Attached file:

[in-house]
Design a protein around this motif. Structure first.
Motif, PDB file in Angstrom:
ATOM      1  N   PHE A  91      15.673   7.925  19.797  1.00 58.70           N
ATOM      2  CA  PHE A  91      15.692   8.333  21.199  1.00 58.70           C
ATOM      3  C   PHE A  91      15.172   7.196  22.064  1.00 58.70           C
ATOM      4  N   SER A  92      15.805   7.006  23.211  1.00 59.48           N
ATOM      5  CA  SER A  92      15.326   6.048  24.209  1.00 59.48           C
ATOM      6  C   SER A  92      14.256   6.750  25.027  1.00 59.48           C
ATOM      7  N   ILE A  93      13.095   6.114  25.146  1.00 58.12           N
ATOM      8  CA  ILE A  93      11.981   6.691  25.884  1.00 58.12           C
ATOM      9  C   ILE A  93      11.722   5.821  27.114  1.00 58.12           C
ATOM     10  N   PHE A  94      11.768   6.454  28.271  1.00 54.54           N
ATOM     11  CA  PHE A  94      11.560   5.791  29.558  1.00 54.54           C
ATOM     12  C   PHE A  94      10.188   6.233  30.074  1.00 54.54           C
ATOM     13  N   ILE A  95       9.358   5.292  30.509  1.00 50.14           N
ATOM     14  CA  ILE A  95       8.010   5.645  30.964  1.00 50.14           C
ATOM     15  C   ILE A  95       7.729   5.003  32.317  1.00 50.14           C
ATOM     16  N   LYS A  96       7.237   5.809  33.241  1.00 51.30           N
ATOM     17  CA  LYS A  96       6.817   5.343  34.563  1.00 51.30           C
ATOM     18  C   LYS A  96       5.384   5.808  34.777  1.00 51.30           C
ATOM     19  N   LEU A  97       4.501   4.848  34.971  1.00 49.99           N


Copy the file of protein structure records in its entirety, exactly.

[in-house]
Design a protein around this motif. Structure first.
Motif, PDB file in Angstrom:
ATOM      1  N   PHE A  91      15.673   7.925  19.797  1.00 58.70           N
ATOM      2  CA  PHE A  91      15.692   8.333  21.199  1.00 58.70           C
ATOM      3  C   PHE A  91      15.172   7.196  22.064  1.00 58.70           C
ATOM      4  N   SER A  92      15.805   7.006  23.211  1.00 59.48           N
ATOM      5  CA  SER A  92      15.326   6.048  24.209  1.00 59.48           C
ATOM      6  C   SER A  92      14.256   6.750  25.027  1.00 59.48           C
ATOM      7  N   ILE A  93      13.095   6.114  25.146  1.00 58.12           N
ATOM      8  CA  ILE A  93      11.981   6.691  25.884  1.00 58.12           C
ATOM      9  C   ILE A  93      11.722   5.821  27.114  1.00 58.12           C
ATOM     10  N   PHE A  94      11.768   6.454  28.271  1.00 54.54           N
ATOM     11  CA  PHE A  94      11.560   5.791  29.558  1.00 54.54           C
ATOM     12  C   PHE A  94      10.188   6.233  30.074  1.00 54.54           C
ATOM     13  N   ILE A  95       9.358   5.292  30.509  1.00 50.14           N
ATOM     14  CA  ILE A  95       8.010   5.645  30.964  1.00 50.14           C
ATOM     15  C   ILE A  95       7.729   5.003  32.317  1.00 50.14           C
ATOM     16  N   LYS A  96       7.237   5.809  33.241  1.00 51.30           N
ATOM     17  CA  LYS A  96       6.817   5.343  34.563  1.00 51.30           C
ATOM     18  C   LYS A  96       5.384   5.808  34.777  1.00 51.30           C
ATOM     19  N   LEU A  97       4.501   4.848  34.971  1.00 49.99           N